The replica trench is the largest outdoor one of it’s kind in Ireland and the UK. This is very well done and you get a better understanding of what life must have been like in the trenches for the soldiers, they slept in something that resembled a shelf, never far from the rats and mud.  With audio posts dotted throughout the trenches, capturing some of the sounds of the WW1 trenches.

World War 1 first aid
Replica trenches – casualty clearing station

Also onsite is “a replica GPO façade and a series of tunnelled-through contemporary building interiors that allow visitors to experience the claustrophobic fighting conditions endured by the rebels.”

You can go inside the GPO during the Rising and experience the tunnelled Moore street houses.  We both read a book called Inside the GPO, it was a memoir by an Irish volunteer called Joe Goode, which recounts his time during the 1916 Rising. Goode paints a vivid picture of the last days of the Rising, volunteers tunnelling through the narrow rows of houses on Moore street and life inside for the inhabitants, with James Connolly stretchered into the house, a defiant Sean MacDiarmada and Patrick Pearse looking out at the civilians killed and writing the surrender letter and about life for the impoverished families who lived there. One story about the young volunteer Michael Collins trying to cook his ration sausages in a bedroom fireplace, on quenched emblems so as not to attract the British army snipers with smoke coming from the chimney stack, in the end ashes covered the sausages with Michael cursing the snipers.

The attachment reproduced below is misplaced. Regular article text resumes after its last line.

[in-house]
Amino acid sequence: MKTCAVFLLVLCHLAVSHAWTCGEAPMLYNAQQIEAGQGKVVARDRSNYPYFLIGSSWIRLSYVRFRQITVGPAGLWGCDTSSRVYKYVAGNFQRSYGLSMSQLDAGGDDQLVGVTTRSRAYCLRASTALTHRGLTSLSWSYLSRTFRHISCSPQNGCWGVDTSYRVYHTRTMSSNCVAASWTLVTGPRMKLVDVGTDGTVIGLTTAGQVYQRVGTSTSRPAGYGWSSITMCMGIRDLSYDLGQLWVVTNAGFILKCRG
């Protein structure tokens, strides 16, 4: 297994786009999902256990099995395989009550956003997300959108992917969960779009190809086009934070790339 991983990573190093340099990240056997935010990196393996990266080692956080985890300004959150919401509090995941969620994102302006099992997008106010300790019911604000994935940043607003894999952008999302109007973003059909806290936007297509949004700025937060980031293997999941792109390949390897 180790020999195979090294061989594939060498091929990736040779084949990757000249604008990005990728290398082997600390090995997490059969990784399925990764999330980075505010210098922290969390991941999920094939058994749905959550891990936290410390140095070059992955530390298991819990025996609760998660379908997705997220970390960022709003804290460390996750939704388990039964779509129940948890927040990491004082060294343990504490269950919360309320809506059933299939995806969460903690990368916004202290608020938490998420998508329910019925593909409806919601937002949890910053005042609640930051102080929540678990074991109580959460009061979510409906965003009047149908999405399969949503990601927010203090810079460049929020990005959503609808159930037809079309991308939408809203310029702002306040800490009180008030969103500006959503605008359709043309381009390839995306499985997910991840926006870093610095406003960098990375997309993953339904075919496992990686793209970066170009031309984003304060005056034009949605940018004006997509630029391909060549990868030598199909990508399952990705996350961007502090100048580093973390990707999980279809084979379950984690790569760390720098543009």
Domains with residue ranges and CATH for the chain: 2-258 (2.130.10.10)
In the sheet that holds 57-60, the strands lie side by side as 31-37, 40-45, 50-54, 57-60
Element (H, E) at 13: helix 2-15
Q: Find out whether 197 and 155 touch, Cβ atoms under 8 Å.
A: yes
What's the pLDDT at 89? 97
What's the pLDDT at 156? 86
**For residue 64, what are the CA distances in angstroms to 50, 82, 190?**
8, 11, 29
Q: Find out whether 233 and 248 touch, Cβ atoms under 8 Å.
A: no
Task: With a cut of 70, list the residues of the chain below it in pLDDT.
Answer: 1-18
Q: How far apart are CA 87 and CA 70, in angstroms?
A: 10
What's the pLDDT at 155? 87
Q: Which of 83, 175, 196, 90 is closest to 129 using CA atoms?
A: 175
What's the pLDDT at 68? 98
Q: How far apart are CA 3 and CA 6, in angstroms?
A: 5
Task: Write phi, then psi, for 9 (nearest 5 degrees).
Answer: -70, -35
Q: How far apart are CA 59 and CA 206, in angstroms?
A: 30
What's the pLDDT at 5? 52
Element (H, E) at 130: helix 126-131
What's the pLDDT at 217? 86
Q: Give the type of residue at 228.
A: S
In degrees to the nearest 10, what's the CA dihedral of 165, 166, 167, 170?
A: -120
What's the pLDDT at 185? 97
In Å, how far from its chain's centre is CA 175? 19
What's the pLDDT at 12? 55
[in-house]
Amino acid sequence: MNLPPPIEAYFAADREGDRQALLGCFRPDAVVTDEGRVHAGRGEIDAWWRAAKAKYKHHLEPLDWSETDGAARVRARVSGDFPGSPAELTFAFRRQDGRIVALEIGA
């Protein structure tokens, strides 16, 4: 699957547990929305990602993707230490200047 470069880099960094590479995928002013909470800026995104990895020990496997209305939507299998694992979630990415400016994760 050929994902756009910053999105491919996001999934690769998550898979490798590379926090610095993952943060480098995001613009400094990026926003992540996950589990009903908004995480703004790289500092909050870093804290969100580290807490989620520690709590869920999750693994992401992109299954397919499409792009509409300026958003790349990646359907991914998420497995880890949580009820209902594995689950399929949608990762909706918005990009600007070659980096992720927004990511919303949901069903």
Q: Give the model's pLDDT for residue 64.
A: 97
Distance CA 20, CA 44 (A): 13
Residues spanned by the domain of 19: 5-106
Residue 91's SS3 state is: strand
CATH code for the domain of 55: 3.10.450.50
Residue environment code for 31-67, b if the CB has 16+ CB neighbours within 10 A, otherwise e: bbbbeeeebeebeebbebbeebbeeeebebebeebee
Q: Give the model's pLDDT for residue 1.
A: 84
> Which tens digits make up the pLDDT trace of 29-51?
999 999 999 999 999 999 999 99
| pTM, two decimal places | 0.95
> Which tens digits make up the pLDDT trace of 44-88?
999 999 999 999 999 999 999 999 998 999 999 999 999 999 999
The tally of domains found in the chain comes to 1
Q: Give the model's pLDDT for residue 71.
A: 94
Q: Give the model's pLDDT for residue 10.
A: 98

General Post Office Dublin
GPO facade

The museum has a peace & reconciliation garden that remembers those from all sides of Irish society and the different paths they took, that led some to the trenches in World War 1 and others to the Easter Rising.

Photos from O’Donovan Rossa Funeral commemoration

Photos from the O’Donovan Rossa commemorations, the State service at Glasnevin Cemetery and the Sinn Féin funeral re-enactment.  Read all about it here.

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Jeremiah O’Donovan Rossa commemoration

We attended two Jeremiah O’Donovan Rossa funeral commemoration services this weekend.

Jeremiah O’Donovan Rossa was an Irish Fenian, originally from Cork, he established the Phoenix National and Literary Society, which later merged with the Irish Republican Brotherhood.  He was imprisoned by the British and was eventually exiled to America, where he continued to campaign for Irish freedom.  He is most remembered today for his funeral, where Pearse gave a famous speech.  Which was said to be the start of the 1916 Rising.

Colourised version of the famous O'Donovan Rossa funeral from 1915
Colourised version of the famous O’Donovan Rossa funeral grave side photo